THAT’S IT!

The brilliant writer came up with the brilliant idea to write in a hero to this text.  From up above, came a caped crusader whose body burst to the seams with muscles, power, and American patriotism.

He (because it’s a guy) swooped down and simply picked up the rubble and miraculously performed CPR on the girl, saving her life.

Next, he zoomed around the room, saving anyone in any danger.  Some other people also got caught under rubble.  There were fires in the corner.  An old man had fell from the balcony and broke his leg.  Gary was eating a peanut butter and ketchup sandwich.  Somebody needed to put a stop to that.

Next, the hero zoomed up to fight the giant robot (but still close enough so that I could still write about it.)

The battle was epic, hard to describe in words.  That one punch was so adverb.  The hero was really adjective.  Conjunction.  Simile.  Prepositional phrase.  More words.

The world was in a buzz as other superheroes, dragons, and even aliens would come down to help and …oh, almost time for class.

Yeah, all that stuff would be fun.  Even just talking to a girl.  Til’ next time…


PRIDE AND PREJUDICE IN 64 THOUGHTS

BY JESS ARRAZOLO

1.    So the husband is always addressed as Mr.? That’s weird.

2.    Damn these three make an entrance.

3.    Did the mom really just say her daughter isn’t pretty? Bitch, she takes after you.

4.    Ugh. Darcy is a DICK.

5.    This mom’s manipulative. Damn she’s sneaky. Did she actually cause her daughter to get a cold?

6.    These match makers don’t fuck around.

7.    Darcy’s face does not move.

8.    He looks like a way attractive Snape.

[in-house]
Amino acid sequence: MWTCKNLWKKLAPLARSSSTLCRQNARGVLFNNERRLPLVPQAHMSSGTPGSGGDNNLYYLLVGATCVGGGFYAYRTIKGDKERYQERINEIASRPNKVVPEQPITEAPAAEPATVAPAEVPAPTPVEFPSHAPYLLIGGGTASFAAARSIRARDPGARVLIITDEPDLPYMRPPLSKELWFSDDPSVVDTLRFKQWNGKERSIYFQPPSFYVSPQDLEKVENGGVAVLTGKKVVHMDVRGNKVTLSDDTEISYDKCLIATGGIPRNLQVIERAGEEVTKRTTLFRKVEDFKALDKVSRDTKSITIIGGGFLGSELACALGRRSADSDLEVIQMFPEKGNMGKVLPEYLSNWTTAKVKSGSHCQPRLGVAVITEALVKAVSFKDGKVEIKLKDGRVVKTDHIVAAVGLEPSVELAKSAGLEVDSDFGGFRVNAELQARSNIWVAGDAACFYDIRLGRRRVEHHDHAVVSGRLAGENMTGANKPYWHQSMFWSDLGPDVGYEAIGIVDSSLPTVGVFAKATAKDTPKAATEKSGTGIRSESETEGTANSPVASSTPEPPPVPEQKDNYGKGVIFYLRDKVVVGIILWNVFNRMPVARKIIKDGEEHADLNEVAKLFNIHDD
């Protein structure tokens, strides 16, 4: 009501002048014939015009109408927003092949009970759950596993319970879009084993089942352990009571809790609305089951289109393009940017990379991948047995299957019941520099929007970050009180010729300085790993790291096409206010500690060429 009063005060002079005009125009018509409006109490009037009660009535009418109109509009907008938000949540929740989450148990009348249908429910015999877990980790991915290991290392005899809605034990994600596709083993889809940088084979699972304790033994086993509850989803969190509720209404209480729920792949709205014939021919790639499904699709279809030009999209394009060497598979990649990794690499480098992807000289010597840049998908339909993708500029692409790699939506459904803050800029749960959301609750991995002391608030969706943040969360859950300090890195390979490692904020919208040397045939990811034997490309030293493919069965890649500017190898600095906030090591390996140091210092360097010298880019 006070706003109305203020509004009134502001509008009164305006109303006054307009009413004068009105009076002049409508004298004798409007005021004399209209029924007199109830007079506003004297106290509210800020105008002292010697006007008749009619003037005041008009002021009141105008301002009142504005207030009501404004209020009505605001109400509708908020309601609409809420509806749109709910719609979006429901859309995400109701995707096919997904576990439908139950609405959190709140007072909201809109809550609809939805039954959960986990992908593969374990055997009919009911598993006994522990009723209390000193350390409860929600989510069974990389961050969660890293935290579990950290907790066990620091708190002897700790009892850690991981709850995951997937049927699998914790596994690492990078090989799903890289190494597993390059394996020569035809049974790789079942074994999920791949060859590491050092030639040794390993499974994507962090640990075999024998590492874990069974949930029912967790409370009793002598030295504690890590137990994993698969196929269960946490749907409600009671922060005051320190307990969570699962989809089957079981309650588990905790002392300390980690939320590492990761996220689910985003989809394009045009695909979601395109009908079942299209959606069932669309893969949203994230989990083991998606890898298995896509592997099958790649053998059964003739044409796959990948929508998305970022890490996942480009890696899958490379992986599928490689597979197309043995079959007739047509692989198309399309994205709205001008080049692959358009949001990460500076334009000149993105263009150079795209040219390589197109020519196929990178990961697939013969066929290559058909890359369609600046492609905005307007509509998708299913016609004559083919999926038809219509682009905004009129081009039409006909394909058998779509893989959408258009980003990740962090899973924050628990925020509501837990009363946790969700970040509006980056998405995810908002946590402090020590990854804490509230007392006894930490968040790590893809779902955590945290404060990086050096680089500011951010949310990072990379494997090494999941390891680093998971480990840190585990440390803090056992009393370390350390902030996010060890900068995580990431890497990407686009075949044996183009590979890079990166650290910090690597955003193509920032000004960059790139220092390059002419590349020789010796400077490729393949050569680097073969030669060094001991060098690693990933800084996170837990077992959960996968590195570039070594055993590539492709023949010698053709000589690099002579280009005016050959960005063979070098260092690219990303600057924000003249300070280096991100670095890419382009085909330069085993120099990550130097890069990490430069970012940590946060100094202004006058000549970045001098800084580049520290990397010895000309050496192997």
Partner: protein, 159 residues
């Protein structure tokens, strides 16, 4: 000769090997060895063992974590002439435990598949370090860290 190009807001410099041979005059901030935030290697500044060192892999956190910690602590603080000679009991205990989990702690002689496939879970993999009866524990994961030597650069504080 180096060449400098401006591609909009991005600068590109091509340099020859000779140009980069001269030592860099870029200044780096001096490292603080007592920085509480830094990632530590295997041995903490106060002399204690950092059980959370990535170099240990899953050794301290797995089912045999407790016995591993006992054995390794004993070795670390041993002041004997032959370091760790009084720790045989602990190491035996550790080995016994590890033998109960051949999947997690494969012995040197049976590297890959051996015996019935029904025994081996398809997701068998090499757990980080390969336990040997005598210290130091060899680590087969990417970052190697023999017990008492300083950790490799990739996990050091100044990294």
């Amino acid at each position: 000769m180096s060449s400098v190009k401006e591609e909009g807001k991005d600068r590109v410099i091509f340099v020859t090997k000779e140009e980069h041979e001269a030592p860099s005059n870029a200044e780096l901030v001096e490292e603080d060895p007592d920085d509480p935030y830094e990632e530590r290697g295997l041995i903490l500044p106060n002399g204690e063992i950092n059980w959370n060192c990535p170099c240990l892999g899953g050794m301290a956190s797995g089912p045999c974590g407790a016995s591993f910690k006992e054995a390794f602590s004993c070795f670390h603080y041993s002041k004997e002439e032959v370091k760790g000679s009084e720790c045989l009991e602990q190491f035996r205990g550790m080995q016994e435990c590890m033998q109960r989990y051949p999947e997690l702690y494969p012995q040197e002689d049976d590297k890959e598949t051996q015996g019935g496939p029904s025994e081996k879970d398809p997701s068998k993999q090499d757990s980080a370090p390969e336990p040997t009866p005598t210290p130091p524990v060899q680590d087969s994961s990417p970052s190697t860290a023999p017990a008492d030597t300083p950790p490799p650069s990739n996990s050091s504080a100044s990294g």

9.    Okay, so Blingly’s sister is a bitch.

10.  Awwwww how sweet. He helped her into the carriage.

11.  Damn they hate Collins.  He’s already exhausting.

12.  “Excellent boiled potatoes.”

13.  Goddamn all these people think about is marrying into status.

14.  These girls are thirsty as fuck.

15.  Why is Lizzie always second? She’s pretty too. If she can land Will Turner, she can definitely get anyone in this film.

16.  This Redcoat is cute.

17.  Ooh Mr. Wickham and Darcy have a stare down.

18.  And then Darcy leaves.

19.  Why do I feel like Wickham is actually lying?

20.  Is he pulling a Hans? Is he actually not a Kristoff but in fact a Hans?

21.  So. Darcy low key, high key likes Lizzie. Like a lot.

22.  Collins in creepy.

23.  Darcy is that dark and mysterious boy who’s seen some shit and now he thinks he’s some deep starving artist type that’s angry with the world and Lizzie is having none of it.

24.  He just appears out of nowhere like fucking Edward Cullen.

25.  I’m starting to understand the pride part of this film. Lizzie’s pride has been wounded by Darcy because he said once that she ain’t shit and now she hates him.

26.  Damn. Can Darcy smile? You’d think it would hurt him inside.

27.  Lizzie is the queen of sass.